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Basilica di San Cesareo de Appia

Via di Porta S. Sebastiano, Roma Tempo di lettura: meno di 1 minuto

The church of San Cesareo de Appia , commonly and erroneously called San Cesareo in Palatio , is a church in Rome , in the Celio district , near the Porta San Sebastiano .

This church is of ancient origin , dating back to the VIII century and was built on the remains of Roman structures existing today can be seen in the basement ( the remains of a mosaic floor , with marine scenes of the second century AD). It is also called by medieval sources Turrim in San Cesareo , " certainly by the proximity of some high tower , of which the city of the Middle Ages was fraught " ( Armellini , op. Cit. , P . 595) ; sixteenth century appears with the name of San Cesareo in Palatio and this created a lot of confusion with the homonymous church in Campitelli district .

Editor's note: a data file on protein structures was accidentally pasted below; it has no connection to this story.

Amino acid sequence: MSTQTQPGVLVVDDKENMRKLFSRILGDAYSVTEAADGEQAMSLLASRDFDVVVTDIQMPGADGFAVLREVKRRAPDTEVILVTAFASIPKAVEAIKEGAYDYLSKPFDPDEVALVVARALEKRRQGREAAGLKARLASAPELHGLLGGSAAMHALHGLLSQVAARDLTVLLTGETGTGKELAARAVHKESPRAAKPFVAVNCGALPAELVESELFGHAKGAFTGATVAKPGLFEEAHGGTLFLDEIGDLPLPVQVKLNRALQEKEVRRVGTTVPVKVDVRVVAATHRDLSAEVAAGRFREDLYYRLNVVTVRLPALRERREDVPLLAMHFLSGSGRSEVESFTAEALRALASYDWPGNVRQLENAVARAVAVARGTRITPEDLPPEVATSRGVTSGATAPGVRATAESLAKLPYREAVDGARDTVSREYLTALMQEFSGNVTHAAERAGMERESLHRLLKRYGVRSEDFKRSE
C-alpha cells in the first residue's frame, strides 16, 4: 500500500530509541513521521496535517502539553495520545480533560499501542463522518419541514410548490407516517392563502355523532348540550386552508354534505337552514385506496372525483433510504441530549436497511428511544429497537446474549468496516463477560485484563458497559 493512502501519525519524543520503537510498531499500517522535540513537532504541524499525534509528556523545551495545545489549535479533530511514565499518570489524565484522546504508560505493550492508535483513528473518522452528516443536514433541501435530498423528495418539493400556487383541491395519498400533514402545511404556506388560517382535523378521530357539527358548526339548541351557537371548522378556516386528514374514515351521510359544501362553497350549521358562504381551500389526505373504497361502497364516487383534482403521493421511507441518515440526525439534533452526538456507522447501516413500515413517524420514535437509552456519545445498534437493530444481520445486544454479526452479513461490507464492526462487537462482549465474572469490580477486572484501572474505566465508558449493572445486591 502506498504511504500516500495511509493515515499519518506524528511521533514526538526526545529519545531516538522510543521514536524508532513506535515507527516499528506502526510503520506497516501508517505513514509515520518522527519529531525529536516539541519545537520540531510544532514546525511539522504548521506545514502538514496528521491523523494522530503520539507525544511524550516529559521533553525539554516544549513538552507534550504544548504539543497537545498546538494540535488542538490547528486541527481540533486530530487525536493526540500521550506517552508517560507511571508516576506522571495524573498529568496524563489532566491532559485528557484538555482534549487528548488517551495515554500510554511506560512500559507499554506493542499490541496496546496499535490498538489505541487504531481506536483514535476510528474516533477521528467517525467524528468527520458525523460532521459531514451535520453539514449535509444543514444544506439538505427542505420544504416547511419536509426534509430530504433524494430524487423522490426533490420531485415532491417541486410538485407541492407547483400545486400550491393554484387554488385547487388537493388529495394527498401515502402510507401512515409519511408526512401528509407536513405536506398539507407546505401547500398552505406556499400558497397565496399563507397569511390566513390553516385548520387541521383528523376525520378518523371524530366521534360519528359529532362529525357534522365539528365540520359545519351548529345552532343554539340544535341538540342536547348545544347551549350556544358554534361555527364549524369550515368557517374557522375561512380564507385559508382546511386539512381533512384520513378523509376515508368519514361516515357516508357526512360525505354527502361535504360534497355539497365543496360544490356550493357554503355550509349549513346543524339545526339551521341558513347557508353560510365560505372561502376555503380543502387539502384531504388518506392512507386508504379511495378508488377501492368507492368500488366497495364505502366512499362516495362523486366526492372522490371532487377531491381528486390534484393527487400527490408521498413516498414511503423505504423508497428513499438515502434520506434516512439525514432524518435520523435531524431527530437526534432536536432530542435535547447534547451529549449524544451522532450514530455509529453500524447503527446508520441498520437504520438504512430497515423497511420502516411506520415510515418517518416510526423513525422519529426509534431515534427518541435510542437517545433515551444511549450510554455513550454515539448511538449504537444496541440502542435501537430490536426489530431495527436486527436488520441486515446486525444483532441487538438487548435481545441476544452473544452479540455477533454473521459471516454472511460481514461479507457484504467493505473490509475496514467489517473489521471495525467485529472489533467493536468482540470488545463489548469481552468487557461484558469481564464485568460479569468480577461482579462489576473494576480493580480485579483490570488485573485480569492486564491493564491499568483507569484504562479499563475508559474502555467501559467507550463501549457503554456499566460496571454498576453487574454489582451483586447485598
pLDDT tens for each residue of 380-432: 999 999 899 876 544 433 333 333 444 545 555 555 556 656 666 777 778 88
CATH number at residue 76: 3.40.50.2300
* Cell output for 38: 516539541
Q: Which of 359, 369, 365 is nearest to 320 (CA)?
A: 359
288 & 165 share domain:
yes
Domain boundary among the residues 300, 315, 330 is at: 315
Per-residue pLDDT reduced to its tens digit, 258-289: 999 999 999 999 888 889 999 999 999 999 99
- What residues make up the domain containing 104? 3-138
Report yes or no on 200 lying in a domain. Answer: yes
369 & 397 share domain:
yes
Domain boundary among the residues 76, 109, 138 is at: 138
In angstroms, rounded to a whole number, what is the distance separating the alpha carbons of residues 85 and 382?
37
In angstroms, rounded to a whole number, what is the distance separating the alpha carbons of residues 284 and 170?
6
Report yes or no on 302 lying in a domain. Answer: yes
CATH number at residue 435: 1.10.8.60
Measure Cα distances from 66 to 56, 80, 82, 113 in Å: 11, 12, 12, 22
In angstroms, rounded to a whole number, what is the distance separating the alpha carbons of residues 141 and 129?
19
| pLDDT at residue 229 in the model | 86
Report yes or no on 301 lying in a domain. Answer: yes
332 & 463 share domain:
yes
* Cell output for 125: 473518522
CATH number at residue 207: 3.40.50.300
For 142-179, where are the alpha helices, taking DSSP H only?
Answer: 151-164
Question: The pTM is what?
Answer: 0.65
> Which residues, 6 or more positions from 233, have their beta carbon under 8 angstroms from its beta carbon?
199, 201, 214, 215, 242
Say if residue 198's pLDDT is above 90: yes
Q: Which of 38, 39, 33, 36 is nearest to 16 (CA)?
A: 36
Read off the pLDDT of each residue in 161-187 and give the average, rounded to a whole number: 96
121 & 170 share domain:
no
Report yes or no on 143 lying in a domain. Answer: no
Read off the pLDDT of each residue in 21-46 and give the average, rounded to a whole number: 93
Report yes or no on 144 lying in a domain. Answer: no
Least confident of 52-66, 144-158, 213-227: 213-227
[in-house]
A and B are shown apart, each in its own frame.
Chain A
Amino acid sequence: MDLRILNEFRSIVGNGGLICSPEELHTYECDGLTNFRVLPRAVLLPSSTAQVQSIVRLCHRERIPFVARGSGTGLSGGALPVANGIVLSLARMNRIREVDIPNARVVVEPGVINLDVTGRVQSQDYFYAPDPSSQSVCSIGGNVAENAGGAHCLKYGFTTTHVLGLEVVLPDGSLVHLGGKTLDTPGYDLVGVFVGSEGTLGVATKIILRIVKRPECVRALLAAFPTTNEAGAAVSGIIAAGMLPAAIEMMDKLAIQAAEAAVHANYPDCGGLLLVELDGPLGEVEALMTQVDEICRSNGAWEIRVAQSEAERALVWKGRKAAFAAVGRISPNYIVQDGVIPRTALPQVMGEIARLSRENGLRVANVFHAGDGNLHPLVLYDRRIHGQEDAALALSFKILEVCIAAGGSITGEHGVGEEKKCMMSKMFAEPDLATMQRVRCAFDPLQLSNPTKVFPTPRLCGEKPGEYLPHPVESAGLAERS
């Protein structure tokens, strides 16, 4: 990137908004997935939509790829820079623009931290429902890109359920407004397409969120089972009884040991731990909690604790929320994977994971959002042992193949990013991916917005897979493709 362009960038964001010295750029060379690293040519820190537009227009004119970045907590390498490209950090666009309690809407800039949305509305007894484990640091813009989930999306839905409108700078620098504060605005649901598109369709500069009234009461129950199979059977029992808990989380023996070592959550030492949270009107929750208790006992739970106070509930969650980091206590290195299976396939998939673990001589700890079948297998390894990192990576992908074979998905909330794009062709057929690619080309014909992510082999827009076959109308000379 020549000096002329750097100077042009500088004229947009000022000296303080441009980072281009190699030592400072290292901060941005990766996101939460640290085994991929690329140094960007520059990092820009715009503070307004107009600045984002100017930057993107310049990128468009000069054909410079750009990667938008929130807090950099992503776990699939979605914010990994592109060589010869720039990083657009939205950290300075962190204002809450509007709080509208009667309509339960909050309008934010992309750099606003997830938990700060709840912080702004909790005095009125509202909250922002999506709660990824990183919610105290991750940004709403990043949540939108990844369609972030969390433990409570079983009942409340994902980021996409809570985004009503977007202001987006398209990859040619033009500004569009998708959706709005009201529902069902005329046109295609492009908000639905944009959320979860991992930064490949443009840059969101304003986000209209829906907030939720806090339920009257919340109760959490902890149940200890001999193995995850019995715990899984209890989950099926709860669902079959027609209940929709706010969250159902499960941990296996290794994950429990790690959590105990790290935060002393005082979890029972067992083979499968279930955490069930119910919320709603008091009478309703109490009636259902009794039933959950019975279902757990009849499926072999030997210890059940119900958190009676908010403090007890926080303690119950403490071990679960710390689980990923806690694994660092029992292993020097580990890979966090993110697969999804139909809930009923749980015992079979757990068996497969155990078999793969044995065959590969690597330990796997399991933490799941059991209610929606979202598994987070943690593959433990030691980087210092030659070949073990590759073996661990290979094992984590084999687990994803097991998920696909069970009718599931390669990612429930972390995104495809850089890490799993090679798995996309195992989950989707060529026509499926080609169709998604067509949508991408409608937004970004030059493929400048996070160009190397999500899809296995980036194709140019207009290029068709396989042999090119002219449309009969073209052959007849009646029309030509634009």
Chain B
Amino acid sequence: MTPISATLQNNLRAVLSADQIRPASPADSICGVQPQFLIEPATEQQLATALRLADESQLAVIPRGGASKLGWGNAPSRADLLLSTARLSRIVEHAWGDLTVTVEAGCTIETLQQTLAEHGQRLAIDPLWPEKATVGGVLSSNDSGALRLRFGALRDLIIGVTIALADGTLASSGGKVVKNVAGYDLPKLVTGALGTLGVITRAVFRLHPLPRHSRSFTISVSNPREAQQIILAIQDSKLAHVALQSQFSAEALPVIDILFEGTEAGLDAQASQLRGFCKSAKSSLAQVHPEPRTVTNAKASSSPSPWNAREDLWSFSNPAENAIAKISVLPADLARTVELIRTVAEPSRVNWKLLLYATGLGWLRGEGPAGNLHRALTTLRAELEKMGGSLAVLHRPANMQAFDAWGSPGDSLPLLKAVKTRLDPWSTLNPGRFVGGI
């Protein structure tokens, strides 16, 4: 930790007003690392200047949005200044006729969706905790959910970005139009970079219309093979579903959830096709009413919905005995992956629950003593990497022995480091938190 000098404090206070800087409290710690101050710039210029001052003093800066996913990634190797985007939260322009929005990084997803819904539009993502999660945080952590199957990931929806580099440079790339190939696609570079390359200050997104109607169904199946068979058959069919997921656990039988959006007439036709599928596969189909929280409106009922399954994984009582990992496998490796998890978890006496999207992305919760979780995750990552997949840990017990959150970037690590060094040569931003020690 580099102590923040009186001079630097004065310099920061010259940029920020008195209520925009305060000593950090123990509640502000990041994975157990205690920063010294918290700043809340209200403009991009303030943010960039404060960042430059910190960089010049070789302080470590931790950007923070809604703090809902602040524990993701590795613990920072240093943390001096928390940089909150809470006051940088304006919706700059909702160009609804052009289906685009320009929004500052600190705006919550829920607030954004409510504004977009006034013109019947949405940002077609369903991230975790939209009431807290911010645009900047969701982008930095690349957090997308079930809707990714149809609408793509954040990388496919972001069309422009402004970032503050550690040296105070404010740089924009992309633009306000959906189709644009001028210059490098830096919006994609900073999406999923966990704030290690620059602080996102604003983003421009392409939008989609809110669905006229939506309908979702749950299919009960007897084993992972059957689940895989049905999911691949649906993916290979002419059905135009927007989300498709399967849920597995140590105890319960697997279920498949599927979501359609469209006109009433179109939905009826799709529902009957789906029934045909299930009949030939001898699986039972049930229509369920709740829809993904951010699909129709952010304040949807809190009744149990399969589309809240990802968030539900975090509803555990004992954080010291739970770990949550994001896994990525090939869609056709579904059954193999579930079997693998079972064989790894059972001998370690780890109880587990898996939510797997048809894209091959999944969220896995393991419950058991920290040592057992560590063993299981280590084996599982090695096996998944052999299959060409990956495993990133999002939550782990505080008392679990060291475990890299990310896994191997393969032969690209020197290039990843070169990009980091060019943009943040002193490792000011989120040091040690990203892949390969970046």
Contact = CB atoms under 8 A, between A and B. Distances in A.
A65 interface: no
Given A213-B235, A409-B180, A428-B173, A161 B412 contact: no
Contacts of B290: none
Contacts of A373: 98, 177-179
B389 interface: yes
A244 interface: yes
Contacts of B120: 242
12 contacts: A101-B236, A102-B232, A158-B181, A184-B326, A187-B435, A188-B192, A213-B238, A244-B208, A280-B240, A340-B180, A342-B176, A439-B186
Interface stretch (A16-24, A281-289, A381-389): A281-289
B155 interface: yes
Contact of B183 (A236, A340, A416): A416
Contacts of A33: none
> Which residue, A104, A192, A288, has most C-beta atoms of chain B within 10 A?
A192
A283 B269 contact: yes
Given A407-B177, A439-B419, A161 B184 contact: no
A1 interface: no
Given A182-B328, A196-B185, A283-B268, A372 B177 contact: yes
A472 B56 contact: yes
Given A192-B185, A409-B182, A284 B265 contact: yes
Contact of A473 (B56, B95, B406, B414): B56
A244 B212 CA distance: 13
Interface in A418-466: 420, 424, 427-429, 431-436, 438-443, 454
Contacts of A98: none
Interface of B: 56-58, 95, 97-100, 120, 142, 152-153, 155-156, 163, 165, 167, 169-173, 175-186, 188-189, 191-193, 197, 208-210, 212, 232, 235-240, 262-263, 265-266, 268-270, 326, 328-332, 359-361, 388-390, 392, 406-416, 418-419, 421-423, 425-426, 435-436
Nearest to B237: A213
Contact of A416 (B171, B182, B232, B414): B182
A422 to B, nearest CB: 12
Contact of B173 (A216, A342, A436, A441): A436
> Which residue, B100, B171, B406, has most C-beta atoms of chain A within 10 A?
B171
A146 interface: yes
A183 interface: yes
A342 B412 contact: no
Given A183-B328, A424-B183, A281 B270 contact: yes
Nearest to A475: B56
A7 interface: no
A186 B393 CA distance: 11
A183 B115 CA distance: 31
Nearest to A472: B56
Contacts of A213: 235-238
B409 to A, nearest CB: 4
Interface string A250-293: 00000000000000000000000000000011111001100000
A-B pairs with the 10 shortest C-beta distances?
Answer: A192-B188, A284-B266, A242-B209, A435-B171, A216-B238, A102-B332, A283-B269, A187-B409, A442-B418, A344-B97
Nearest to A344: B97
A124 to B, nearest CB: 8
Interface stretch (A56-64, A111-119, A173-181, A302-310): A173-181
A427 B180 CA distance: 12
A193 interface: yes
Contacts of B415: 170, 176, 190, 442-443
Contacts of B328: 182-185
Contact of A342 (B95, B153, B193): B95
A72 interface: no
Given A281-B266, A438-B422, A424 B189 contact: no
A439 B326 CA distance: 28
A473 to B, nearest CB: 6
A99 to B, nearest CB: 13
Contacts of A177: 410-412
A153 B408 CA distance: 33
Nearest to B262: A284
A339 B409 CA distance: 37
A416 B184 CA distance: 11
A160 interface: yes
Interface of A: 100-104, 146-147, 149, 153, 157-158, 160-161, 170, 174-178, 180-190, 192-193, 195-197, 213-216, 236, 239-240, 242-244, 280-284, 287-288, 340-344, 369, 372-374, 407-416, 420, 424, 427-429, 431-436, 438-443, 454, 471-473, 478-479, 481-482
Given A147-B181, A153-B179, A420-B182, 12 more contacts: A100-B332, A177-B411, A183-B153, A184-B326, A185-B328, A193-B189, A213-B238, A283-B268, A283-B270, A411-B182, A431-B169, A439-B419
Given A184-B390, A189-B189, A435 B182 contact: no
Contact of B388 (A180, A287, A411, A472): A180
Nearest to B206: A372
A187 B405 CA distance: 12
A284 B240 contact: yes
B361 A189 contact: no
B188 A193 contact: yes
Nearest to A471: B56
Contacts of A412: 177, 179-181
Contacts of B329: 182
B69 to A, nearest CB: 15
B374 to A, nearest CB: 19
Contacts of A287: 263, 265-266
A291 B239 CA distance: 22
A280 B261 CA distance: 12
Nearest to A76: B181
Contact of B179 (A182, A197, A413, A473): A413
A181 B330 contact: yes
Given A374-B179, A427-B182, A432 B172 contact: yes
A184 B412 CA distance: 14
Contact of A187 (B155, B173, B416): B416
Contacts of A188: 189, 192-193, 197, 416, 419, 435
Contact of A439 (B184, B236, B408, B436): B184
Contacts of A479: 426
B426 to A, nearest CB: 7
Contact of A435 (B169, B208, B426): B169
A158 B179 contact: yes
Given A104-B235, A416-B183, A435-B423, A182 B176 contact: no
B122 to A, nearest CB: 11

Over the centuries, the church changed hands several times and was restored several times : in the fourteenth century was entrusted to Crociferi to found a ospedaleche gave refuge to pilgrims came from the nearby Porta San Sebastiano ; they were replaced by the Benedictine nuns ; in the fifteenth century was entrusted to the care of the nearby Church of San Sisto Vecchio and then to those of the Church of Saints Nereus and Achilleus ; was completely restored in the sixteenth century by the Cavalier d' Arpino, and then entrusted to the Fathers Somascan . On this occasion they were transferred here the mosaics of the thirteenth century architectural and other furnishings that were in the transept of the Basilica of St. John Lateran , at that time under renovation .

The church has a very sober façade with a main entrance preceded by a porch with columns of granite. The interior has a single nave . The lateral wall , between the windows, there are mosaics by the Cavalier d' Arpino, with scenes from the life of San Cesareo . In the apse mosaic depicting God the Father surrounded by angels . The altar, the ambo , the chair , the barriers of the presbytery are architectural elements that belonged to the Basilica of St. John, for the most part are composed of heterogeneous elements dating from the thirteenth century.

The pipe organ in the church of San Cesareo de Appia was built between 1997 and 1999 by Francesco Saverio Colamarino reusing as an electric organ console and applying the system to multiple registers. The instrument has two keyboards of 61 notes each and a pedalboard of 32.